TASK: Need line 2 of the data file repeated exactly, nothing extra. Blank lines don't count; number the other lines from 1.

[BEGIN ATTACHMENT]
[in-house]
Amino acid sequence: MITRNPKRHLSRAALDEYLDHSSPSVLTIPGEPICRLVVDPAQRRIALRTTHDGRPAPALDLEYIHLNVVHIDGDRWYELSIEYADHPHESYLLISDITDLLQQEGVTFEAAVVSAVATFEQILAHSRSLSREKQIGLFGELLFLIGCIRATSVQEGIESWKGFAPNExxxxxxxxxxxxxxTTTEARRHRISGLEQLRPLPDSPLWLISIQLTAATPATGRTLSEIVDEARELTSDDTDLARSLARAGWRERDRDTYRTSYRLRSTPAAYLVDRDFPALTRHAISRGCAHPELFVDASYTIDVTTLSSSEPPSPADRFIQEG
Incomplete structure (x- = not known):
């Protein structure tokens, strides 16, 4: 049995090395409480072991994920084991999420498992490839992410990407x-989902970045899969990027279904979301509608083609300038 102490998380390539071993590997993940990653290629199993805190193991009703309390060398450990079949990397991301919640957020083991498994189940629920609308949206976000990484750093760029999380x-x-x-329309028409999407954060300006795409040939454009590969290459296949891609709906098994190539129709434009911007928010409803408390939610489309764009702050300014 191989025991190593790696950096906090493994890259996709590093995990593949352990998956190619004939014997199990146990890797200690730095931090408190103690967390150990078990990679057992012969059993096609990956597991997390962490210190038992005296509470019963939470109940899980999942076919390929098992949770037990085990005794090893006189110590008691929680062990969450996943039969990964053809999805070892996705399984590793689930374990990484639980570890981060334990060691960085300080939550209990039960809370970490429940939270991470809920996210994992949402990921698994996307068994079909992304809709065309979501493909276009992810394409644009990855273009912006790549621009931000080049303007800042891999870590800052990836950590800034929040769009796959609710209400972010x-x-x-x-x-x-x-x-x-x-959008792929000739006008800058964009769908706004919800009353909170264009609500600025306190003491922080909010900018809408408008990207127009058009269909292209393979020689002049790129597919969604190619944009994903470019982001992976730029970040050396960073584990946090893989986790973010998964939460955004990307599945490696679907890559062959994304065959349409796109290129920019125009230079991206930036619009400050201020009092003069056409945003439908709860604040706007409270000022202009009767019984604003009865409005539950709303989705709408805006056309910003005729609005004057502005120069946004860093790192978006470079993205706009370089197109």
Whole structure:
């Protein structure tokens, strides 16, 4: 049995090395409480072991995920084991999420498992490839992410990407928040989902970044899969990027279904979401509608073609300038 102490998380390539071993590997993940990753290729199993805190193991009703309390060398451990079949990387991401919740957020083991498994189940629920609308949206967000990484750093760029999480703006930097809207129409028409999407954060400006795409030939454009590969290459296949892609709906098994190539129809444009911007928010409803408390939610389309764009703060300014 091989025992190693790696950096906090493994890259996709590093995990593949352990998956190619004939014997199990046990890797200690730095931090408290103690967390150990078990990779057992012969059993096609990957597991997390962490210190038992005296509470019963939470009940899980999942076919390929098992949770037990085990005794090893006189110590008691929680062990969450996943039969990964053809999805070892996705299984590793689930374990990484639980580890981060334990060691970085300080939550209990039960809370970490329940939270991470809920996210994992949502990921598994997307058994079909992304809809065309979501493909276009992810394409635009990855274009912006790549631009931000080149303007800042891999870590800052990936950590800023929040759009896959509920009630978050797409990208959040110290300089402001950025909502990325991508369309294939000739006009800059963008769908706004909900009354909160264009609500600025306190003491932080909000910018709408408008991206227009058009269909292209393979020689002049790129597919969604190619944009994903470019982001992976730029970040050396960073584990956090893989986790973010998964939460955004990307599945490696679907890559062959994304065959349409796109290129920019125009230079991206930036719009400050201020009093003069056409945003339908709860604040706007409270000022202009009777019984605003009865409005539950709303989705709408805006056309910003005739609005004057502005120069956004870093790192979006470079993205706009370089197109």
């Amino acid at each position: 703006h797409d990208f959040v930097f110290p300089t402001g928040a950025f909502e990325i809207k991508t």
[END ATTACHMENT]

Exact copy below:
Amino acid sequence: MITRNPKRHLSRAALDEYLDHSSPSVLTIPGEPICRLVVDPAQRRIALRTTHDGRPAPALDLEYIHLNVVHIDGDRWYELSIEYADHPHESYLLISDITDLLQQEGVTFEAAVVSAVATFEQILAHSRSLSREKQIGLFGELLFLIGCIRATSVQEGIESWKGFAPNExxxxxxxxxxxxxxTTTEARRHRISGLEQLRPLPDSPLWLISIQLTAATPATGRTLSEIVDEARELTSDDTDLARSLARAGWRERDRDTYRTSYRLRSTPAAYLVDRDFPALTRHAISRGCAHPELFVDASYTIDVTTLSSSEPPSPADRFIQEG